Whether by happy accident or thoughtful design, Hirsch found himself observing the race in a box adjacent to his trainer Mike McCarthy. Afterwards, McCarthy said that down the stretch he had “watched” Ce Ce's finish through his patron's expression, and judging from its growing euphoria what must be happening out there.

And if the celebrations brought together other joyous strands, notably the comeback of veteran rider Victor Espinoza, then there was no mistaking the principal toast. For Del Mar would not be Del Mar without the selfless dynamism and integrity of Hirsch's father, who was also the rock on which was founded the Oak Tree meet at Santa Anita.

“I felt his presence there,” admitted Hirsch. “I'm 72 years old, and I've been coming here for 72 years. My father would always rent a house on the beach, we'd come down during the summer and I loved it. It was my second home, and it still is.”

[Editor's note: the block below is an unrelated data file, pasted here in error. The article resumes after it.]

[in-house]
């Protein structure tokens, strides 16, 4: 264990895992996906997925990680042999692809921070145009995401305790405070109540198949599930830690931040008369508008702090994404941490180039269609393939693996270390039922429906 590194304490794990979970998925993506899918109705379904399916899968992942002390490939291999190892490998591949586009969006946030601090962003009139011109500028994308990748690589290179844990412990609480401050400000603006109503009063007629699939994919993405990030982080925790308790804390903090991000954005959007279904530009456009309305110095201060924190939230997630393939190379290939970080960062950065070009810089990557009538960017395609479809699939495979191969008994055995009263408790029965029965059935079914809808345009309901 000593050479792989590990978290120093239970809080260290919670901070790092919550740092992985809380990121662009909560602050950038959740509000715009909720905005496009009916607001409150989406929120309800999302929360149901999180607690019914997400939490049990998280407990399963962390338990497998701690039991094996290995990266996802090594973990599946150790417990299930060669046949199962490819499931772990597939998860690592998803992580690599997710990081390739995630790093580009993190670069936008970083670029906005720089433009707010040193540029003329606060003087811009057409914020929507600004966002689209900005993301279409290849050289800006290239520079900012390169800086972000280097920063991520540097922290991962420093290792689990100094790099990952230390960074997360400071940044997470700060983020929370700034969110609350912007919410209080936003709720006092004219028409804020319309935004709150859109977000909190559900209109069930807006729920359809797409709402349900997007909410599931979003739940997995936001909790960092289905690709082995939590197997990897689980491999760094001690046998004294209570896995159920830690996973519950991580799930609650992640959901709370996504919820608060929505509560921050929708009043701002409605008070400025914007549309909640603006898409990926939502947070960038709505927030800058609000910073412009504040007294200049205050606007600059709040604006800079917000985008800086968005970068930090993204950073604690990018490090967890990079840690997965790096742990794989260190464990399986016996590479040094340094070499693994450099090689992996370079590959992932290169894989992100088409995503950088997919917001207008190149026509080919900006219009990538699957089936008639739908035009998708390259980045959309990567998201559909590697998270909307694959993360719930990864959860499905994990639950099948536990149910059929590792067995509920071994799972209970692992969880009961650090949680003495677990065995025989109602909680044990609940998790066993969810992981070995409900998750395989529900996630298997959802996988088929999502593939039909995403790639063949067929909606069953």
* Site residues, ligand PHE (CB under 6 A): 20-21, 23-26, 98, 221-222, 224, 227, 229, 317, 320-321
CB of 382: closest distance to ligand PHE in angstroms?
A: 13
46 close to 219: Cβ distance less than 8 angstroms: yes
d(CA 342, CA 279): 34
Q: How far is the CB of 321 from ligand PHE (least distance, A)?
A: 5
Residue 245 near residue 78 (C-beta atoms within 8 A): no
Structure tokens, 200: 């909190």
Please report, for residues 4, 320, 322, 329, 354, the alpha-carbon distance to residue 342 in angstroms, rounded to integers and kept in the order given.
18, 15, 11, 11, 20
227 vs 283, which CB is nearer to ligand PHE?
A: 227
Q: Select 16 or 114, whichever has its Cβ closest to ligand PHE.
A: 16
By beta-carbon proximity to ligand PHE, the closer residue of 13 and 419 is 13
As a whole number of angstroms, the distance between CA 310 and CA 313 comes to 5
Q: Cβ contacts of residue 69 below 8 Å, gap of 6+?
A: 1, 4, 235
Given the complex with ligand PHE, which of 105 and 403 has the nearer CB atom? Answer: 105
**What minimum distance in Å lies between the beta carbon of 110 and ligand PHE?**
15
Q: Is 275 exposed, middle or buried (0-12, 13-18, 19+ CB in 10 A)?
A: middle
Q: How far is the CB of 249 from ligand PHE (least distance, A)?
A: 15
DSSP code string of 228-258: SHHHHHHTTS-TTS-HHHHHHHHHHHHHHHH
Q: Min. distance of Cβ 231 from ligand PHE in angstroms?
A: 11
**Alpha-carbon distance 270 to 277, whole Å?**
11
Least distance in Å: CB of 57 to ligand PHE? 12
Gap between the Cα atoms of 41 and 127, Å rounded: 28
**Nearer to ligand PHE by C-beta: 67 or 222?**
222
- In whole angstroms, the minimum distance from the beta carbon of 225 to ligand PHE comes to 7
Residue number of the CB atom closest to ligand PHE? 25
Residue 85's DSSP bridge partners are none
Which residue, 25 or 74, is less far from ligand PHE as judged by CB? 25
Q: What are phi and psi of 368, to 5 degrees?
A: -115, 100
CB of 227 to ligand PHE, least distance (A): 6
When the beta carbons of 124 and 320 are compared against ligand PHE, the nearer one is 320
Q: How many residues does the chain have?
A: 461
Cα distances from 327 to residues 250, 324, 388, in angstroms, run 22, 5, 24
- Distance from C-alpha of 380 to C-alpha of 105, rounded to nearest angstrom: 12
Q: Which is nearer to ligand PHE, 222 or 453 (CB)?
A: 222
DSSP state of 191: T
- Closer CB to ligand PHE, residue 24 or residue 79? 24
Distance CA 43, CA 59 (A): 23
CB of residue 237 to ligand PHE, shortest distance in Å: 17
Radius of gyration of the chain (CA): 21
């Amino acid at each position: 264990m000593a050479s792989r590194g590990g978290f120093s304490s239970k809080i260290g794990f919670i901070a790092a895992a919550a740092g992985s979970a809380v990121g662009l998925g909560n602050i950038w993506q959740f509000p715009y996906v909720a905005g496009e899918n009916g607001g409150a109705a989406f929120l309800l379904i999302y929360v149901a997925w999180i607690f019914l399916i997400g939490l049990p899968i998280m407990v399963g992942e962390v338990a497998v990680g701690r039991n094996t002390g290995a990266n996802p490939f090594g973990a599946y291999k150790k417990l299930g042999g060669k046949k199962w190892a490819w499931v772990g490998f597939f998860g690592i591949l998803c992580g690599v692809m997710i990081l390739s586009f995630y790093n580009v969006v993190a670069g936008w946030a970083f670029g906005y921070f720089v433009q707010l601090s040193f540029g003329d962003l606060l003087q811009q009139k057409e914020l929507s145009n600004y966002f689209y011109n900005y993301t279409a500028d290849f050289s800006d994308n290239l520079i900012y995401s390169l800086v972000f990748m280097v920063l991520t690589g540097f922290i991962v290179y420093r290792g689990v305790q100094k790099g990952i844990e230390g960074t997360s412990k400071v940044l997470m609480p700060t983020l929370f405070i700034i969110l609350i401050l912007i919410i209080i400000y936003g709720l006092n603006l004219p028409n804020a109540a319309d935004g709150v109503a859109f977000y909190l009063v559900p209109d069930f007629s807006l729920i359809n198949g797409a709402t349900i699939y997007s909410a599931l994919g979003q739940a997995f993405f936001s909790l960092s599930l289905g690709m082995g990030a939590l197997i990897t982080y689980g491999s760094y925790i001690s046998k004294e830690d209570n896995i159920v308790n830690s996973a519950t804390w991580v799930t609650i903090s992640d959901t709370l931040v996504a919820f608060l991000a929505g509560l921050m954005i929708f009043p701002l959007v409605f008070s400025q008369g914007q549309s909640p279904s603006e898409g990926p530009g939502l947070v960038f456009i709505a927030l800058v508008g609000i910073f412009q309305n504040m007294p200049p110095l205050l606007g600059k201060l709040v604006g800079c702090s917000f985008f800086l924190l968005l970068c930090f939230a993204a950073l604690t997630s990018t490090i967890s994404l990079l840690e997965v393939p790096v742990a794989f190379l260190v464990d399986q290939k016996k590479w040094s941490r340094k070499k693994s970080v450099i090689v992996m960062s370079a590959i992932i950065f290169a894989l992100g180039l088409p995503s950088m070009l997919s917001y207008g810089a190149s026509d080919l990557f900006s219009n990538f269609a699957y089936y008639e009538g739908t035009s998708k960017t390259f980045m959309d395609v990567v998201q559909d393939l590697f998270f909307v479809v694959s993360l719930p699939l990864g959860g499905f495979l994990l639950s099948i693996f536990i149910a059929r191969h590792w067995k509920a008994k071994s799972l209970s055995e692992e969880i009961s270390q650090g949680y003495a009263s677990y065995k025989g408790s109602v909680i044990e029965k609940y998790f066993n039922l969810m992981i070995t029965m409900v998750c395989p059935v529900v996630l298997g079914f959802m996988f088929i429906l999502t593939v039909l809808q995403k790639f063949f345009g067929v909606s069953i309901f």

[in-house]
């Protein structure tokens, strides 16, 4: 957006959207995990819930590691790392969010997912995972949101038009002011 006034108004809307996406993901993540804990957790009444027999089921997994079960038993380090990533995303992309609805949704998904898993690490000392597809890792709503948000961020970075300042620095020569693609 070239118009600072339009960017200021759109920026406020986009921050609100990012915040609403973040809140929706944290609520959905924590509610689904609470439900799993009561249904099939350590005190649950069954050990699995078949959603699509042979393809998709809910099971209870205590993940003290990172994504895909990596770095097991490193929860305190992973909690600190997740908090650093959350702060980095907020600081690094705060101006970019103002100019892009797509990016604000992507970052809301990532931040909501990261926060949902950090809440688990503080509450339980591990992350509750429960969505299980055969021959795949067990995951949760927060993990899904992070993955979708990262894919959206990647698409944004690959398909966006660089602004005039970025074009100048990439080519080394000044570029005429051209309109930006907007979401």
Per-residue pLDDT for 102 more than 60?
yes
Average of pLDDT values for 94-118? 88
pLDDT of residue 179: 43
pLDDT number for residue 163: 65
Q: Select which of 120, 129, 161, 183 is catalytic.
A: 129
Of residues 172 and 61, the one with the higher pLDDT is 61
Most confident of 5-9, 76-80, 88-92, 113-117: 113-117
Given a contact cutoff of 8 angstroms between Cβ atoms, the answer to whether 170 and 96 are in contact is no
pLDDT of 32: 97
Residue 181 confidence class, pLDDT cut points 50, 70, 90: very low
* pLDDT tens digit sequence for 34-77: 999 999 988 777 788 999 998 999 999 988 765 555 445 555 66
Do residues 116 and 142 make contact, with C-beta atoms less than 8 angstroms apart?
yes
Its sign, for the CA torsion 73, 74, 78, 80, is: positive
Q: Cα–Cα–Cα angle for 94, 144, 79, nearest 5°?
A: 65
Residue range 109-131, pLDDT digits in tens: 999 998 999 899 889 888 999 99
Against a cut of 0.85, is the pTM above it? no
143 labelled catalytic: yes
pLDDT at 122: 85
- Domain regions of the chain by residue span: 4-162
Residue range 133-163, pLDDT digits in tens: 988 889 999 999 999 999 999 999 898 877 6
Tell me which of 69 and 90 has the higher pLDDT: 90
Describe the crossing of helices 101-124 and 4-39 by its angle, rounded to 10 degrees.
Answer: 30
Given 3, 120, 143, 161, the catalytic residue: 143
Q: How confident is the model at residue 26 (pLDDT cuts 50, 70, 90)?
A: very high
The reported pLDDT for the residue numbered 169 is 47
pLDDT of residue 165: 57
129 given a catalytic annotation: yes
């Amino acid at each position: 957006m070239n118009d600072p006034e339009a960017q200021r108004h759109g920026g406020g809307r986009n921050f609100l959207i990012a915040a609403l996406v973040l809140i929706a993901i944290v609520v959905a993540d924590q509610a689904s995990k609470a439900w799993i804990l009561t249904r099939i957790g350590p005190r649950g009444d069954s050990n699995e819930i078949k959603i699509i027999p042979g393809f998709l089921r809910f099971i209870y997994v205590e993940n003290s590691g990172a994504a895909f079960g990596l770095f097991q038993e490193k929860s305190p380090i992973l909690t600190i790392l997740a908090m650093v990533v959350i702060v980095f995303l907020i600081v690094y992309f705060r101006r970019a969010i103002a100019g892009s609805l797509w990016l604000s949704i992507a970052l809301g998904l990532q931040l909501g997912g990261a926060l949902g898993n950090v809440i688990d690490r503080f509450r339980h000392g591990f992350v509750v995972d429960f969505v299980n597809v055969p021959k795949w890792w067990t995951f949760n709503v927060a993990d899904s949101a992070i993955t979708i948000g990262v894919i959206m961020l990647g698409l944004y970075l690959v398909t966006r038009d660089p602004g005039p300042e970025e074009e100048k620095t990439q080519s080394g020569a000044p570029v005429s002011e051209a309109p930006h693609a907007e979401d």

Among the messages of congratulations received by Hirsch, few moved him more than one from a stalwart of the Californian Turf, Alan Balch, who recalled the time he was going to leave Oak Tree. It felt like they had achieved everything they could hope for: the Breeders' Cup for 1984; 86,000 people at the Big 'Cap; the Olympics. Balch felt it was time to move on.

But then Hirsch's father found out, and there was his head around his office door one day: very serious, shuts the door, asks if he might sit down. What kind of pay hike, he asked, would change his mind? “I'll get it for you,” he said. “You're worth it.”